We would often ask her if she had any "play purties."  We said it just like that. I was a teenager when I realized that "play purties" were actually "play PRETTIES."  I just knew that was how Big Grandma said it.  A "play purty" is anything that Grandma didn't want that we could play with and take home. My mother once had the audacity to call it junk...seriously...I couldn't believe she could be so RUDE! Our favorite things to get were old perfume bottles. We would generously apply the fermented scent all over our bodies. Oh...we thought we smelled sooo good! Mom would make us bathe as soon as we got home. I hated that.

Big Grandma loved to plant things in her little backyard garden. She had "tamaters, cukes, and beans."  She canned veggies, jellies, and jams. When she still lived in Virginia, she would sell whatever she had canned that was extra.  I
personally loved when she would let me "break the beans" with her. She would sit by the kitchen 'winder' (that's a window) and have a big pile of green beans laying on her lap. We would break off the ends and throw that part away. Then, you would break the bean into about 1 inch long pieces and put them in the bowl. I can still smell the kitchen, the beans, and the warm August air.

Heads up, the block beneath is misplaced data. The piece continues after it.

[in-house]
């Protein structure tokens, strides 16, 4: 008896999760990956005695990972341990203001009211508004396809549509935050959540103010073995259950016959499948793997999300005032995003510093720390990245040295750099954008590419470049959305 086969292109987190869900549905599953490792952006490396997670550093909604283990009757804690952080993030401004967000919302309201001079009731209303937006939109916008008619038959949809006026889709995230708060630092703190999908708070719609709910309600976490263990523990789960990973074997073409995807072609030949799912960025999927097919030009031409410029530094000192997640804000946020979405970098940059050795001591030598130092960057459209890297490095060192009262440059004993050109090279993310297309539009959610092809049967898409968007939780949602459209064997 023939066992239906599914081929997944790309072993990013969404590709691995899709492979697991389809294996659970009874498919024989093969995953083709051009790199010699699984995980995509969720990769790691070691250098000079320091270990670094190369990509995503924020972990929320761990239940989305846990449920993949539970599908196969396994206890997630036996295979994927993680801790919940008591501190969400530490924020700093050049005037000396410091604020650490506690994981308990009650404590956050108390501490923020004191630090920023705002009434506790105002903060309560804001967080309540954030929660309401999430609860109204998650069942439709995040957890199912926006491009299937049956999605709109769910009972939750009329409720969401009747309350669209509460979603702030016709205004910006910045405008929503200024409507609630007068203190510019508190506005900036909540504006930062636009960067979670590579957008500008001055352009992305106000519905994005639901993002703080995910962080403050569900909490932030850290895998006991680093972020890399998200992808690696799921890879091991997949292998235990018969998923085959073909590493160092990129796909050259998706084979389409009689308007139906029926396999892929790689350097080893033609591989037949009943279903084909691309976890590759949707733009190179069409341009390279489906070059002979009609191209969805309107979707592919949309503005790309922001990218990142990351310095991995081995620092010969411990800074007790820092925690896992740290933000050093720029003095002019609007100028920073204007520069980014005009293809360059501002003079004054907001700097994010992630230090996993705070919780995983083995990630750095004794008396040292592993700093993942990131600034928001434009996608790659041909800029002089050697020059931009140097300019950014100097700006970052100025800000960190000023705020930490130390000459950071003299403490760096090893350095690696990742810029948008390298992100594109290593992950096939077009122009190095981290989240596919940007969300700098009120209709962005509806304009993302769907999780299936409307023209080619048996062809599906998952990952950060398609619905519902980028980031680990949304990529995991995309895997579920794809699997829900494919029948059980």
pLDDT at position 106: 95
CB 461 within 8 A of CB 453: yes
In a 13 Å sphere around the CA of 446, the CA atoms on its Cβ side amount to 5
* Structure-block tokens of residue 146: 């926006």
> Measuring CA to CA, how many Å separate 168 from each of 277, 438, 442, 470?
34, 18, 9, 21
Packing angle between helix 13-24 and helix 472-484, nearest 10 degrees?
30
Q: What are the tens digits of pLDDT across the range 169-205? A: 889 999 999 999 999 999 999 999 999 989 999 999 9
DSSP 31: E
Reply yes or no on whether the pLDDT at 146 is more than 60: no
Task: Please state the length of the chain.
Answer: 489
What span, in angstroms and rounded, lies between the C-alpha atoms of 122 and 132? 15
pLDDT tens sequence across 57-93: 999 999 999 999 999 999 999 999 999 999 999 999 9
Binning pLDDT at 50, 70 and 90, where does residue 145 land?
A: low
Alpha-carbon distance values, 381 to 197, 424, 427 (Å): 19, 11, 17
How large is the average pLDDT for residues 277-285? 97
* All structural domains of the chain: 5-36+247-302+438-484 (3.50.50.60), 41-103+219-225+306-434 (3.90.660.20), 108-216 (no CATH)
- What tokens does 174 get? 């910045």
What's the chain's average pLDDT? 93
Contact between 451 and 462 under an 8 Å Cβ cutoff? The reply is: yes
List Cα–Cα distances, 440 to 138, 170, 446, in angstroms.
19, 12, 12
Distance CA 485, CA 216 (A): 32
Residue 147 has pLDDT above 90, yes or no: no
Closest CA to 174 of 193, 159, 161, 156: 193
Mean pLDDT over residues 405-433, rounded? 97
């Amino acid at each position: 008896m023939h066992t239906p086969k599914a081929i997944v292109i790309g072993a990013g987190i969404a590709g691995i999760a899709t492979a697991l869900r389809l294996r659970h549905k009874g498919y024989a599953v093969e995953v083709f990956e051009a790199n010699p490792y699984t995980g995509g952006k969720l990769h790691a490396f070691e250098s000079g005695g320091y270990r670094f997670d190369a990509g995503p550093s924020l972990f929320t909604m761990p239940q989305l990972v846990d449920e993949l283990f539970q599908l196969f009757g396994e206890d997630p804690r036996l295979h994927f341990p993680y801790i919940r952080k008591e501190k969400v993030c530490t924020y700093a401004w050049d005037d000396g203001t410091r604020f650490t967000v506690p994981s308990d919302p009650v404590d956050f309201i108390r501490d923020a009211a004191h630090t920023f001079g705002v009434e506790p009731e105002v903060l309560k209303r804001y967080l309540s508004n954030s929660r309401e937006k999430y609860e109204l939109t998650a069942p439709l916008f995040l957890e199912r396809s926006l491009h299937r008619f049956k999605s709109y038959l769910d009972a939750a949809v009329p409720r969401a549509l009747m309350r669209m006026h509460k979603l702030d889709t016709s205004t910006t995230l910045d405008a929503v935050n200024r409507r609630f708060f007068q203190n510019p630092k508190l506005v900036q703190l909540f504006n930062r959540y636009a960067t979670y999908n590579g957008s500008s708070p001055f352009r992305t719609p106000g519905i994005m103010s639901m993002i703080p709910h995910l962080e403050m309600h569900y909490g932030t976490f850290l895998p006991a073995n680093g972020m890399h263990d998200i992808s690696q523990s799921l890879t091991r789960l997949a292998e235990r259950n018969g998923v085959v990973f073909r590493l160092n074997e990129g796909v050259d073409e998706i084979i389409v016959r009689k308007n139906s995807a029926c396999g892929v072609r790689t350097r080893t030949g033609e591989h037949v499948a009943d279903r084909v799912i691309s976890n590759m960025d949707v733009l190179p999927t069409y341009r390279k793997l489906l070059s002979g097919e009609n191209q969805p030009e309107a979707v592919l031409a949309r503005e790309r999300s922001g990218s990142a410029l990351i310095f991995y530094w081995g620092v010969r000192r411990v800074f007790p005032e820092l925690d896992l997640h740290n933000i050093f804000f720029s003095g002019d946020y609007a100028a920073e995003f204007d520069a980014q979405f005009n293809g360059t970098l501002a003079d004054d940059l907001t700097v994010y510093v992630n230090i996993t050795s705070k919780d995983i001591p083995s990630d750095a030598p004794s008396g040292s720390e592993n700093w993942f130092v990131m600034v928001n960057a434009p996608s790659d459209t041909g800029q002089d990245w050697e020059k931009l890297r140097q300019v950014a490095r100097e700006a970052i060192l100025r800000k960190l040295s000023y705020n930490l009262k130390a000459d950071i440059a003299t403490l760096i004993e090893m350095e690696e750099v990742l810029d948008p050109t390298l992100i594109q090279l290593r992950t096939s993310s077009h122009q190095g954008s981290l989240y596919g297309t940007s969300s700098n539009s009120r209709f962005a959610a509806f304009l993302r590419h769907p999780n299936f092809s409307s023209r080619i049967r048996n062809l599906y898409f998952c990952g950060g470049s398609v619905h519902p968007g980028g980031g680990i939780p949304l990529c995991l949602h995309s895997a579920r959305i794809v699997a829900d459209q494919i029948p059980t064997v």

Isn't it funny how memories often have a smell attached to them?
It's been fun remembering today. Read the last story in the Big Grandma series here.

Monday, February 9, 2015

Story 5: When Her Baby Died

Big Grandma had lots of babies. She had them all at home with the help of her sister-in-law, Margaret, as midwife. Family remember hearing that Big Grandma would "have those babies of the morning and by evening she would be in the field." Perhaps that is an exaggeration, but I am certain she didn't rest for long! That was against her very nature!

Big Grandma had 9 children that lived and an adopted nephew she raised since he was 6 months old. Her first three daughters were Monetta, LaSula, and Betty Jo. Then came the first set of twins. She named them Millard and Willard.  Next came Wanda Faye and then, little Mary Ella. Lastly, she had another set of twins, one girl and one boy. Lillard Gay is my mother and her twin brother is Dillard Ray. Yes, you read that right...4 twins named Millard, Willard, Dillard, and Lillard. (Shaking my head)

Big Grandma told me that sometime early in her child bearing years, she had had yet another set of twins, a set of girls. They died at birth or were stillborn. She had wanted to name them Wanda Faye and Lonnie Ray...or something like that. I know one was to be Wanda Faye and later, she had a daughter that she did indeed name Wanda.

It is the story of Wanda Faye that I want to tell you. Big Grandma had 3 great tragedies in her life. Her first was the sudden death of her father at about age 9. He took sick in the afternoon with a headache and fever and was dead the next day from meningitis. The second tragedy was in November of 1949 when 5 year old Wanda Faye died. Here is the story as told to me by my Aunt Sue.